Led by previous Restoration Director and current Museum Board chairman, Larry Greenwich, the many volunteers of the Illinois Aviation Museum have put hundreds, if not thousands, of hours into three major restoration projects over the past years.
The first project was a T-2 Naval training jet, loaned to our museum from the National Museum of Naval Aviation in Pensacola, FL for restoration and static display. It was picked up in Pensacola in 2003 and after repainting and reassembly, rolled out on Oct. 2, 2004. A video from first day at Pensacola thru the end of the roll out ceremony can be found here: https://youtu.be/jlFOOQg3v2k
The Museum’s second restoration project was an Air Force T-33 trainer jet, also loaned to our museum from the National Museum of Naval Aviation for restoration and static display. It was brought back to Bolingbrook from Sugar Grove, IL for a much larger restoration project on Dec. 4, 2004, which was completed and rolled out in 2007. A video of the roll out ceremony can be found here: https://youtu.be/nQ3kQWJMVUE
Our third major restoration project was an US Navy A4 attack jet. In 2011, it was donated to our museum by the Warbird Heritage Foundation in Waukegan, IL, in poor condition. Over the next four years, it was heavily restored and rolled out on October 17, 2015, during Bolingbrook’s 50th anniversary. A video of the roll out ceremony can be found here: https://www.youtube.com/watch?v=-hqO7pyzE2Q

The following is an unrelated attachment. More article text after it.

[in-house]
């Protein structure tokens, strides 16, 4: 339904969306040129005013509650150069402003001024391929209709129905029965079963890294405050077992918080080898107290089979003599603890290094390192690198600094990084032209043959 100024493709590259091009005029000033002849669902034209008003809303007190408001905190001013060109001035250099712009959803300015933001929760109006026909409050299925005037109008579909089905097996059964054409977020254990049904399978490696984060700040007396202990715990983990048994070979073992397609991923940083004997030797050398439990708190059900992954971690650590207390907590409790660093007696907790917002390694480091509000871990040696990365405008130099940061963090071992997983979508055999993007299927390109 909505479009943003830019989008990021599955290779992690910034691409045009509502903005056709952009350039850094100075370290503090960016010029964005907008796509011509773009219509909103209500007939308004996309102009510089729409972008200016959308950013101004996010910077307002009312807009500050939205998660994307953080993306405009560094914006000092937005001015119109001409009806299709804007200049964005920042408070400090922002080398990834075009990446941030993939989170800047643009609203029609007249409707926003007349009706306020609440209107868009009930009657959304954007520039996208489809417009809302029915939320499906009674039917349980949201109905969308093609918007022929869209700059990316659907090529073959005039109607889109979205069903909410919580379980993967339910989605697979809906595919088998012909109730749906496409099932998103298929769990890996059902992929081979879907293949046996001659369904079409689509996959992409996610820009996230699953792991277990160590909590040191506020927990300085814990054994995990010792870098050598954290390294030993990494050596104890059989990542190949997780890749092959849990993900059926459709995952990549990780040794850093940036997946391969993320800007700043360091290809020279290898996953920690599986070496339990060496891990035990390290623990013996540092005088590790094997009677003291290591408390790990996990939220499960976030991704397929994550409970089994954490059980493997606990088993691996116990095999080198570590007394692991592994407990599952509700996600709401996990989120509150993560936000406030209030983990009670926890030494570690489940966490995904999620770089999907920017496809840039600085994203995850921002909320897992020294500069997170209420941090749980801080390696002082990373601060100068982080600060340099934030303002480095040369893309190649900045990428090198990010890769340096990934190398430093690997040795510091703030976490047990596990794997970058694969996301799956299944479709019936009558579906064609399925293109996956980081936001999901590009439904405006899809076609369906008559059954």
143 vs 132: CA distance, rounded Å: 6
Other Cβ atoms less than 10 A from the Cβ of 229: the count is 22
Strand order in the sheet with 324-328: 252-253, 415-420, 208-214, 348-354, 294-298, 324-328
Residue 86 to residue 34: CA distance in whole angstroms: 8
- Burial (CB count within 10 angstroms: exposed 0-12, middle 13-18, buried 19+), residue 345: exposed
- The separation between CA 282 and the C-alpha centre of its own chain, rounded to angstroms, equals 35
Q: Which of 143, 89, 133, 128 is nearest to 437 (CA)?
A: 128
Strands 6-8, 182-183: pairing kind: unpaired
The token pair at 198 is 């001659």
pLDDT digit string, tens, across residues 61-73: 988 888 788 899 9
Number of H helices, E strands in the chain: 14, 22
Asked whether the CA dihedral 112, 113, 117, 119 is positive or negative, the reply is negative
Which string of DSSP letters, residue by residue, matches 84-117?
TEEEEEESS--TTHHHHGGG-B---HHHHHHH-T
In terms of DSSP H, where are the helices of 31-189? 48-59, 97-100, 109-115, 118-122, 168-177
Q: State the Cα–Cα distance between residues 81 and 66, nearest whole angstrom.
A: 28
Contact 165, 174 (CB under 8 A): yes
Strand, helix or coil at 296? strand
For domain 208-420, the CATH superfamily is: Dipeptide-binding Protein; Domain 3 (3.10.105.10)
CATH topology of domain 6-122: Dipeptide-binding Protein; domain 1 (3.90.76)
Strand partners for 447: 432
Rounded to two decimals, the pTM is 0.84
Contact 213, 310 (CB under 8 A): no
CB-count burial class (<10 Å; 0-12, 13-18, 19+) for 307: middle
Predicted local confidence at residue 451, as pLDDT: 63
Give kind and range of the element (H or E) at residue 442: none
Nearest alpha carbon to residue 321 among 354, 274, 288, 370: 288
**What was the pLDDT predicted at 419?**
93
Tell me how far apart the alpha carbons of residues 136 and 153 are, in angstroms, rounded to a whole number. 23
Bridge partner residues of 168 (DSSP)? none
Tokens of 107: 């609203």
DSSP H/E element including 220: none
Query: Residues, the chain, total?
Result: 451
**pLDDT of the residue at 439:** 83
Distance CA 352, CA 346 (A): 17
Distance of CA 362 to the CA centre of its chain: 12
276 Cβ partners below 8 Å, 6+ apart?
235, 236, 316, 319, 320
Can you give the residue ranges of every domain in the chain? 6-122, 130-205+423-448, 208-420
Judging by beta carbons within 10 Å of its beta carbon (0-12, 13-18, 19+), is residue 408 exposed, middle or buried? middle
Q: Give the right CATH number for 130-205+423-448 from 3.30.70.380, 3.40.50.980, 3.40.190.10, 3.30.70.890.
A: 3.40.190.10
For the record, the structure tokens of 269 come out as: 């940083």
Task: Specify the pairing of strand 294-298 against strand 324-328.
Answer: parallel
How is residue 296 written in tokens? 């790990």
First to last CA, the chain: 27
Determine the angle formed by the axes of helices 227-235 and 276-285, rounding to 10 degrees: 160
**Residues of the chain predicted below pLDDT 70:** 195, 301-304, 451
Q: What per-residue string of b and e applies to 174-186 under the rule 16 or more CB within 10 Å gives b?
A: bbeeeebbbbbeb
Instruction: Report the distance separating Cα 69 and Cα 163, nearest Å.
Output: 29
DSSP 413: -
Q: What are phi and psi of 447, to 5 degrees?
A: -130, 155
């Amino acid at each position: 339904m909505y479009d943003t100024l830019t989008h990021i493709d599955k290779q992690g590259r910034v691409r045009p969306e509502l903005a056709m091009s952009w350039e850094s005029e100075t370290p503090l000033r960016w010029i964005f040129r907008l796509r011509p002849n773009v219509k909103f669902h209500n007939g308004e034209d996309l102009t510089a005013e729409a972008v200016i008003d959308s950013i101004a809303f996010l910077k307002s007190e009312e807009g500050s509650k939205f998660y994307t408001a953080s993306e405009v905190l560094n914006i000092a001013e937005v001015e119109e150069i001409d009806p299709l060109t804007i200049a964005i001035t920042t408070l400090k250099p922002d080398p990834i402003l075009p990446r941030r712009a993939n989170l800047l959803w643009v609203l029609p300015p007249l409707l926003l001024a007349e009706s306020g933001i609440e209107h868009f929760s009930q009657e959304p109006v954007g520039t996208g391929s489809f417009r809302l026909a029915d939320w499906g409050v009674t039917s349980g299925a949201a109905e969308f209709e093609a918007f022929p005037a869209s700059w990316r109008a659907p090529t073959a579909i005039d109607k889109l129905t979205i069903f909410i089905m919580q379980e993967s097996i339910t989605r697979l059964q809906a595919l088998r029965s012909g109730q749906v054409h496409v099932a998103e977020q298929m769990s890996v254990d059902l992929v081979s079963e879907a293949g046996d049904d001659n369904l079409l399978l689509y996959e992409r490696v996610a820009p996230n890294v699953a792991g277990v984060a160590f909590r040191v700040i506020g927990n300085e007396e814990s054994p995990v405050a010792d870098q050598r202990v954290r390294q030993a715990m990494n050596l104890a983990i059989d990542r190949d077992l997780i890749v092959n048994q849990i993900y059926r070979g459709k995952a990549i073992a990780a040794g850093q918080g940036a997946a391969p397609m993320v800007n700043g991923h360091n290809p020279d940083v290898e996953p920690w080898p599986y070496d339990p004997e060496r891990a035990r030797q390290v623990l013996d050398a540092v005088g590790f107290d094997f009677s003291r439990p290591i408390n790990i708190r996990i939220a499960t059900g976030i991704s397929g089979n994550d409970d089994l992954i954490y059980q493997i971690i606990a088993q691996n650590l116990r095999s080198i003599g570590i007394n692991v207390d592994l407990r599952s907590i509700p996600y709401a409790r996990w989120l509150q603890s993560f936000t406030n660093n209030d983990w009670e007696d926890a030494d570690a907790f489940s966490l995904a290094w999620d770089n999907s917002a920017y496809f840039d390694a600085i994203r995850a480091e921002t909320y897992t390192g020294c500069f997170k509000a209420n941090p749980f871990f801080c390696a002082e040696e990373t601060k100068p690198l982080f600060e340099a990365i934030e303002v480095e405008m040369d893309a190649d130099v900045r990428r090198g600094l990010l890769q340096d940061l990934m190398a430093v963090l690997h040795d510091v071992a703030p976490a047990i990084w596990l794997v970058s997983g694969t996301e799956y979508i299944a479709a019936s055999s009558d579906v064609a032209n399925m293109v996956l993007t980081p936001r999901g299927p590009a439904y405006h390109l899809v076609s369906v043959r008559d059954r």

“Stubby” started life as a T33 which served in the US Air Force, went to Rantoul Air Force Base where it had the wings and tail removed and was used as a training platform to ejection seat mechanics. Along the way it eventually went to an Army/Navy store and finally wound up on the farm of a “little old lady” in East Peoria, IL, where it sat in mud for years. It was donated to the museum in April of 2009. Restored and painted in Thunderbird colors, this aircraft is a crowd favorite as it represents the museum at parades and other events.
And while not actually a “restoration” project, the volunteers worked hard at creating a non-flying (Ground Bound) aircraft. Modeled after a 1916 Curtis Jenny, and made from a riding lawnmower, plywood, and custom-crafted and engineered parts, it is used by the Museum to provide rides at airport activities, parades, etc. It is a favorite of the kids at the annual Cavalcade of Planes event. To date, it has given over 10,000 rides to our “future aviators”.